Dental Implants are not teeth. Dental Implants are very much like a titamium tooth root. I took this picture in my Palm Harbor dentist office. This picture shows a crown on a dental implant in the tooth #9 position. As is typical of tooth loss, along with the tooth goes some of the gum tissue and bone. Hence, this crown delivered in my Tampa area dentist office, is longer than the other front tooth, tooth #8. If, when this patient smiled, this was visible, I would have used pink porcelain on the crown at the gum line.
The bigger of the two front teeth is tooth #9. It is a crown that was cemented to a dental implant abutment.
Unfortunately, it is not rare when a dental implant is done in this region for the final crown to be bigger/longer. Fortunately, in this particular situation, this asymmetry is not visible when this man smiles. The techniques used to restore dental implants in my dentist office, Palm Harbor have changed favorably over the more than two decades that I have been placing and restoring dental implants in Palm Harbor, Tampa Florida.
This is a dental flipper to replace tooth #9. A dental flipper is a term that can be broadly used for any type of all acrylic removable partial denture. This flipper was not made in my Palm Harbor dentist office, it was made in New Jersey. The young man had lost his front tooth #9 when visting his family. His dental implant was place while in New Jersey. He came back to his home in the Tampa Bay area in search of a dentist to restore his dental implant. He found his way into my dentist office Palm Harbor.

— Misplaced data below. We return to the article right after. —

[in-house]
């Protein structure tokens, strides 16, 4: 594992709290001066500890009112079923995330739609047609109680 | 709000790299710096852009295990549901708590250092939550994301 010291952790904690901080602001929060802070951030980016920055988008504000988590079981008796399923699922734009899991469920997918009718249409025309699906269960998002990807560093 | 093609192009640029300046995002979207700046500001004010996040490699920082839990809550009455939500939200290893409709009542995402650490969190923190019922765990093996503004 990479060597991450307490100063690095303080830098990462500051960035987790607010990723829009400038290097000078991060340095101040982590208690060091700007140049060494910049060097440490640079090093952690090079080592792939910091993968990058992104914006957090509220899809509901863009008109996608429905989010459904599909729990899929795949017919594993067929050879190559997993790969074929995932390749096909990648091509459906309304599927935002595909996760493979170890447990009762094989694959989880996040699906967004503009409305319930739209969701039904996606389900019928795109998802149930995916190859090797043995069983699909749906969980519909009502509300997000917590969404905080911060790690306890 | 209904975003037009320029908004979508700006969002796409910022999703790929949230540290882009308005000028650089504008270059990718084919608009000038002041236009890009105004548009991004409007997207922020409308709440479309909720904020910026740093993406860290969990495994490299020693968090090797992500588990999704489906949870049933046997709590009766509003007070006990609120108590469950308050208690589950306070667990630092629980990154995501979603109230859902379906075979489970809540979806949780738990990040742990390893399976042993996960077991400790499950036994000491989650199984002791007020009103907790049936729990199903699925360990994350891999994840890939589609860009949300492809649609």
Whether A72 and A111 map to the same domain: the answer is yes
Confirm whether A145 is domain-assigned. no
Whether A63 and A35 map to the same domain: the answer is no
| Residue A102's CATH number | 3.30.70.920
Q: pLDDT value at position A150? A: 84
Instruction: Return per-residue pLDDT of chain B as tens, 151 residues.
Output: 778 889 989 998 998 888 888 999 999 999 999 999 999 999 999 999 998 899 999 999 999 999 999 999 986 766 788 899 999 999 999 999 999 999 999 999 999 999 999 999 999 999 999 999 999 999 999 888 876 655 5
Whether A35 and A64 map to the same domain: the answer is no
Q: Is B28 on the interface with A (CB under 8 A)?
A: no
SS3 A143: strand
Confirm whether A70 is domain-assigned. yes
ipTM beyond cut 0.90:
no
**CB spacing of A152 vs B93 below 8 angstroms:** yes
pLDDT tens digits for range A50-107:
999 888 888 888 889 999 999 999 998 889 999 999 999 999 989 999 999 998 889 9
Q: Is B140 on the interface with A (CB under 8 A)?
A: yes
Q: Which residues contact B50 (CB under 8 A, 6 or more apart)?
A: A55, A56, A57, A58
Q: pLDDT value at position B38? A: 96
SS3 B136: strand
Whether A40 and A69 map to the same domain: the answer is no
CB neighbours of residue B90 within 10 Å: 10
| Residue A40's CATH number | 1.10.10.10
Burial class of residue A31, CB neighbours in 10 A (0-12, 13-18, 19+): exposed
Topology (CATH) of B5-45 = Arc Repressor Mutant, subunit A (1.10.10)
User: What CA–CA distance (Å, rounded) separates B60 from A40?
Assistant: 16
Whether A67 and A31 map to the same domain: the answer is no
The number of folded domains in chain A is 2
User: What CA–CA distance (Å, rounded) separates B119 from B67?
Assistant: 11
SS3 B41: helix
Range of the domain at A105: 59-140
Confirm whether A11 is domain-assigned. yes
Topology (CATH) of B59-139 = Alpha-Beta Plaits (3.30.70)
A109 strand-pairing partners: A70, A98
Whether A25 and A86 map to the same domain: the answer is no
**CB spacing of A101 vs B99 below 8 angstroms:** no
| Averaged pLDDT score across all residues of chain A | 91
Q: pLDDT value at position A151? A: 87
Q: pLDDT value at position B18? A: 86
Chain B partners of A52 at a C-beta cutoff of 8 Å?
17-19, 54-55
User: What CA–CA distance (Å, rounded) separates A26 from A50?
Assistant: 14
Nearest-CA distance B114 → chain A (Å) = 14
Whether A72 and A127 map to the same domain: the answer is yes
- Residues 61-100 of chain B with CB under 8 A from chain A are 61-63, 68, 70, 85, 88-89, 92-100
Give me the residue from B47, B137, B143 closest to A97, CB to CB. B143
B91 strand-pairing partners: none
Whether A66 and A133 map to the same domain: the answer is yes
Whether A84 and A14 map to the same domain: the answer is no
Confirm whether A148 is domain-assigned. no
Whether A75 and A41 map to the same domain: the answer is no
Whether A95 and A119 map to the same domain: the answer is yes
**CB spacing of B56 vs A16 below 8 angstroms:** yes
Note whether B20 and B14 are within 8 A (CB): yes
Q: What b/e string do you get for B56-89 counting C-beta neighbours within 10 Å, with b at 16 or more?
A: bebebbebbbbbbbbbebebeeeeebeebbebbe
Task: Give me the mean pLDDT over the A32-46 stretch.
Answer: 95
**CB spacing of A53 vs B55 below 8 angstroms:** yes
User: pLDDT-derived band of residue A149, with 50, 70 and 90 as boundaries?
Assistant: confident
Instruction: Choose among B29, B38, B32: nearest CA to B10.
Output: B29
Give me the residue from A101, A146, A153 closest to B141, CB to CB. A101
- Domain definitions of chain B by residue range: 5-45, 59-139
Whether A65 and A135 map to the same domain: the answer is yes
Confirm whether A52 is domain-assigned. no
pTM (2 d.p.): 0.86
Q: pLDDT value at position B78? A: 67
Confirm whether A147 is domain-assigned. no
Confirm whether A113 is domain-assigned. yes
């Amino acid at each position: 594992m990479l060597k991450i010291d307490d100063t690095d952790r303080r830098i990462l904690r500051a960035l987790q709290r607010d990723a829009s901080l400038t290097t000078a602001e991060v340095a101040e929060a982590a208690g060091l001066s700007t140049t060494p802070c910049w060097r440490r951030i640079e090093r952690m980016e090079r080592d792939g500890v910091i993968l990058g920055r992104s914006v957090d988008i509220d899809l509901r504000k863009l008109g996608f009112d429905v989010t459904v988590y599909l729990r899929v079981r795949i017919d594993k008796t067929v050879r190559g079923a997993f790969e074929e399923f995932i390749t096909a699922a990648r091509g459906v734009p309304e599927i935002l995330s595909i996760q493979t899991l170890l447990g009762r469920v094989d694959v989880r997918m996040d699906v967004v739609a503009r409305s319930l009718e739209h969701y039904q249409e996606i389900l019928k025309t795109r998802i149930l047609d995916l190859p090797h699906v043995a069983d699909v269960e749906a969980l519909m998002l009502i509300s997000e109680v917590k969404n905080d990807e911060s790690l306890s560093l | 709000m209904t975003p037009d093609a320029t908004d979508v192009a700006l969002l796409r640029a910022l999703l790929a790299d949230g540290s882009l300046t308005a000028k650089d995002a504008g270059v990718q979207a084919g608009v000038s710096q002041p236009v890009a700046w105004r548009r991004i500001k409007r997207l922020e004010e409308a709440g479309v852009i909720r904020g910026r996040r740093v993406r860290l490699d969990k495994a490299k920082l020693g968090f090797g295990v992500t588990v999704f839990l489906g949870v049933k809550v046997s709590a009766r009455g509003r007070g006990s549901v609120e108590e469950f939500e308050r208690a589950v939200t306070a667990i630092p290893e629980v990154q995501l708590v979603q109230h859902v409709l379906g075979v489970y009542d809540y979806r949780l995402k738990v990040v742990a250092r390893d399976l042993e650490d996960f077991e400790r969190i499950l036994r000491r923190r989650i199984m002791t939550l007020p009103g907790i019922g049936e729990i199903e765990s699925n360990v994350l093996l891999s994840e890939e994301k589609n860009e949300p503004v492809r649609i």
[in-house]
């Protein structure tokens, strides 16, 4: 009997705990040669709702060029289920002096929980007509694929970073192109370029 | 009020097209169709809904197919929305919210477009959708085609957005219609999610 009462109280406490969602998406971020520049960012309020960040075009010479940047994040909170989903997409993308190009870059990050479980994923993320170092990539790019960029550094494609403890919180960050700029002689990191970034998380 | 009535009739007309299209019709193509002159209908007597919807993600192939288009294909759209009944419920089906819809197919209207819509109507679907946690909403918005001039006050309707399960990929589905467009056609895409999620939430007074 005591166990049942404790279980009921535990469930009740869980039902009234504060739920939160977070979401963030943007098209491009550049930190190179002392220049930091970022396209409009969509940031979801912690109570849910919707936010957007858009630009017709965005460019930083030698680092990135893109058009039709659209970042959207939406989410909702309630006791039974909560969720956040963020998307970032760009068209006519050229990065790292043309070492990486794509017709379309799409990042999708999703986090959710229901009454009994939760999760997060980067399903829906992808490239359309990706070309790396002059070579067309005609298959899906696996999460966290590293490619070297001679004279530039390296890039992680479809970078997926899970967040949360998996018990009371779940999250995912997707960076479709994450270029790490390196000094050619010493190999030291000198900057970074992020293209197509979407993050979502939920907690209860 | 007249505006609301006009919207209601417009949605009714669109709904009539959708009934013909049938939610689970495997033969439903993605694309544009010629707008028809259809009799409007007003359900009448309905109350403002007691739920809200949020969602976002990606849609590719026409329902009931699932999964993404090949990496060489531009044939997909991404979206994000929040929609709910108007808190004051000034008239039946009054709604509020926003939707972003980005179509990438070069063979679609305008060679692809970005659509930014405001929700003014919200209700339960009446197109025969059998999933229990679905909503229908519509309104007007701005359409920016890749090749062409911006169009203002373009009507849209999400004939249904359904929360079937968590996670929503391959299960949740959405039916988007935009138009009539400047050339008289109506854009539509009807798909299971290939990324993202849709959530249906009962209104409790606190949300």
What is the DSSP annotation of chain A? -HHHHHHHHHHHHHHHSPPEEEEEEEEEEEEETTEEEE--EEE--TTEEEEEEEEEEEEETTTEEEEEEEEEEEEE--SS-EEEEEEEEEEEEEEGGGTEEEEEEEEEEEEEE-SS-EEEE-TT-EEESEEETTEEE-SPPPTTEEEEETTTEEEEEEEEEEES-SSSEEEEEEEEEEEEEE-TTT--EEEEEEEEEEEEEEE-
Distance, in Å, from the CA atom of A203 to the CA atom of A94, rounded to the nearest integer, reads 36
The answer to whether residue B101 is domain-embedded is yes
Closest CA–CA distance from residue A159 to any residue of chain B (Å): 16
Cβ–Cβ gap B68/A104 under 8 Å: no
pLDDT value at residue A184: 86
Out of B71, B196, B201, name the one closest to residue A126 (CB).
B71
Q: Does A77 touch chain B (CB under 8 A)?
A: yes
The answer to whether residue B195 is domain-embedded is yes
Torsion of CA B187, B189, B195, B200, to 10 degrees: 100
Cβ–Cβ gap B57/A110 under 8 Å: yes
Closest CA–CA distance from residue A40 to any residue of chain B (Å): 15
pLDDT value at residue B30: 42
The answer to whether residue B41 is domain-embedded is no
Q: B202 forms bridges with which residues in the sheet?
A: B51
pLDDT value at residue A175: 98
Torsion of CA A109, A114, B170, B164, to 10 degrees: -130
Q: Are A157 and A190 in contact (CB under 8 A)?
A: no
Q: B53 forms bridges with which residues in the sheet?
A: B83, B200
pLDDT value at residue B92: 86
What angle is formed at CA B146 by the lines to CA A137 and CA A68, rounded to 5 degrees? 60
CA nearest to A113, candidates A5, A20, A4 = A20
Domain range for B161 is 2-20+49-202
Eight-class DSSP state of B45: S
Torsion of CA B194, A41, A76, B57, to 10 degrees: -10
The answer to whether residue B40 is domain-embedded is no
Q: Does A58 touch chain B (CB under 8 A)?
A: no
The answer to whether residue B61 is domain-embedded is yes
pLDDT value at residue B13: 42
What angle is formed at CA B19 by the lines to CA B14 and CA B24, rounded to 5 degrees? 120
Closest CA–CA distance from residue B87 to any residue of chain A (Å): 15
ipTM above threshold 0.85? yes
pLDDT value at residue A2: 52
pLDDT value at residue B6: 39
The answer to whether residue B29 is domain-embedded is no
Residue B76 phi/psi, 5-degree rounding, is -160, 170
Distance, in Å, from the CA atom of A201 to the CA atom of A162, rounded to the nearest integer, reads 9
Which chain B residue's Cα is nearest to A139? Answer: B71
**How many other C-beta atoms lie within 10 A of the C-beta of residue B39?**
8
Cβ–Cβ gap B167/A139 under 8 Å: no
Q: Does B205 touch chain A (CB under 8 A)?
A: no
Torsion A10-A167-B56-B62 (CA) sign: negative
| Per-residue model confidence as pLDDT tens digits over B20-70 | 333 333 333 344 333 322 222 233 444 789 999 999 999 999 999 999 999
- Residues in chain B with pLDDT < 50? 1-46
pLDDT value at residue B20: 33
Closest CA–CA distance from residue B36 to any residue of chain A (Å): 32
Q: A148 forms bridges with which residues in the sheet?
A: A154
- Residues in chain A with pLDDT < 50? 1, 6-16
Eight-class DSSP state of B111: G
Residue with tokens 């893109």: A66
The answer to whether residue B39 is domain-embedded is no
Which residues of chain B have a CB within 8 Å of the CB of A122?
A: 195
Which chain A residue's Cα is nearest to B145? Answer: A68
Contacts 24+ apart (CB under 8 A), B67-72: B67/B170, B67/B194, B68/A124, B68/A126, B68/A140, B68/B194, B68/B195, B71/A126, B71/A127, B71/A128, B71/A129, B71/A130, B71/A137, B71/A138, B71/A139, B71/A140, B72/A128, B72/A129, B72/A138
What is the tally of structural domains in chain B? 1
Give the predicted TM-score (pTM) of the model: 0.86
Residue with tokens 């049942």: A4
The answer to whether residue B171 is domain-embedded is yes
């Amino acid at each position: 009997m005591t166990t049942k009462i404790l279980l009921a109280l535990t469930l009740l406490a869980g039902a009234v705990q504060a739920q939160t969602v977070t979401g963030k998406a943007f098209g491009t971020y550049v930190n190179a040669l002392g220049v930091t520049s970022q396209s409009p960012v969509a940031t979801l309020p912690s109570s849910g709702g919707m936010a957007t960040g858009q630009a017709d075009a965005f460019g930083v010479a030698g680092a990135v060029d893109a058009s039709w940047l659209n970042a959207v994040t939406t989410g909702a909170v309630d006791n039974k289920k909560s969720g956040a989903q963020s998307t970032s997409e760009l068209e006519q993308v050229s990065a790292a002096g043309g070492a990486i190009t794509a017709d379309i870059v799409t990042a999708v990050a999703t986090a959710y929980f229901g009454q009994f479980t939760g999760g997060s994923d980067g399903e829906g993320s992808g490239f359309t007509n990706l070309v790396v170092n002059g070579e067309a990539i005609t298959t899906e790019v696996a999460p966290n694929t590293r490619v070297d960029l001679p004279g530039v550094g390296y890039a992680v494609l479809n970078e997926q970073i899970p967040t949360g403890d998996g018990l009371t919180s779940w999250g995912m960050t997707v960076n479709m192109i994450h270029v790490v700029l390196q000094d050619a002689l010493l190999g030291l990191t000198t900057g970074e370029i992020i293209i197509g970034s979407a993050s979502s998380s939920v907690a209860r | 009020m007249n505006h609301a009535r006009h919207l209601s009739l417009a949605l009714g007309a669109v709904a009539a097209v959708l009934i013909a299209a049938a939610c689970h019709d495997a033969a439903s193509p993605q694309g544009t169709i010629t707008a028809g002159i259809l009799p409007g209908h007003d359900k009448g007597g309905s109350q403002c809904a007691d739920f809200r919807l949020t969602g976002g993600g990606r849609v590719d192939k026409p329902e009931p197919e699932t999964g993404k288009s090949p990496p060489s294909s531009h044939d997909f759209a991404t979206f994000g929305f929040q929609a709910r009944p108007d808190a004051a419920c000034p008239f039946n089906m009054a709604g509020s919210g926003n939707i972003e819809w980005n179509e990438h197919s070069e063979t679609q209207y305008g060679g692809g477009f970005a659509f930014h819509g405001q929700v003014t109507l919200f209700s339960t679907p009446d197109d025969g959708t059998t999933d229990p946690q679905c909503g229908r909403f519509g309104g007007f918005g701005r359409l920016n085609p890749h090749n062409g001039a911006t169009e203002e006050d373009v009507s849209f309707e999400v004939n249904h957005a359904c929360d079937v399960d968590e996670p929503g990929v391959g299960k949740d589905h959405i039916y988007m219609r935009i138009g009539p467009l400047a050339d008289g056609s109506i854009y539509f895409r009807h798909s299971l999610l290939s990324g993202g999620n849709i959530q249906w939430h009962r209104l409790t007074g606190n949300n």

His goal was get rid of this flipper and to once again have a non removable front tooth. There are scores of different dental implant systems, the restoration of his smile begins with communication with his dentists in New Jersey to determine exactly which dental implant was placed.
Immediate Post Surgery
This is a picture of a completely finished bone graft, dental implant and tooth extraction procedure. This tissue is neatly sutured. To protect the bone graft a non resorbable material was used and a small portion of it can be seen.
This dental work was done in my Palm Harbor dentist office for a patient referred to me by a Clearwater dentist.